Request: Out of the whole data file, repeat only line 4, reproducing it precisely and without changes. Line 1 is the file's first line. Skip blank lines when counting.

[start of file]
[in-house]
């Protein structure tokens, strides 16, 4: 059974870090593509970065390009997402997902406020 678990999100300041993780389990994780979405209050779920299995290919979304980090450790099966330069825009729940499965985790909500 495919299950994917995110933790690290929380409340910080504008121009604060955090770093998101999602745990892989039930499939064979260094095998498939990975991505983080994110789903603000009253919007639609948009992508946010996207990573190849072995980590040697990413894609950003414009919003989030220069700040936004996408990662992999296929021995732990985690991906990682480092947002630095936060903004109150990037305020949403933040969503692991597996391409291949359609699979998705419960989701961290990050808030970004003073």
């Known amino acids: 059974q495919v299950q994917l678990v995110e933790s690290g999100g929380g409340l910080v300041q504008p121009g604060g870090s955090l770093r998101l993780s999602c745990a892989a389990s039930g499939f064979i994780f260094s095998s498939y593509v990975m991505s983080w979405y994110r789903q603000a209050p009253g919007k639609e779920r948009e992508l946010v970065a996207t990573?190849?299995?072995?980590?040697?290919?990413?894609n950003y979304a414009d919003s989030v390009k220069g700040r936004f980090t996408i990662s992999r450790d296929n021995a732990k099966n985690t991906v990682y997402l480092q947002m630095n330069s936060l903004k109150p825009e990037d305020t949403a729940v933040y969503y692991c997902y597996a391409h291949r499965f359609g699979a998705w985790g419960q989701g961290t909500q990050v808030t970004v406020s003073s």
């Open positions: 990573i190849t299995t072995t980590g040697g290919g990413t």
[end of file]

């Open positions: 990573i190849t299995t072995t980590g040697g290919g990413t």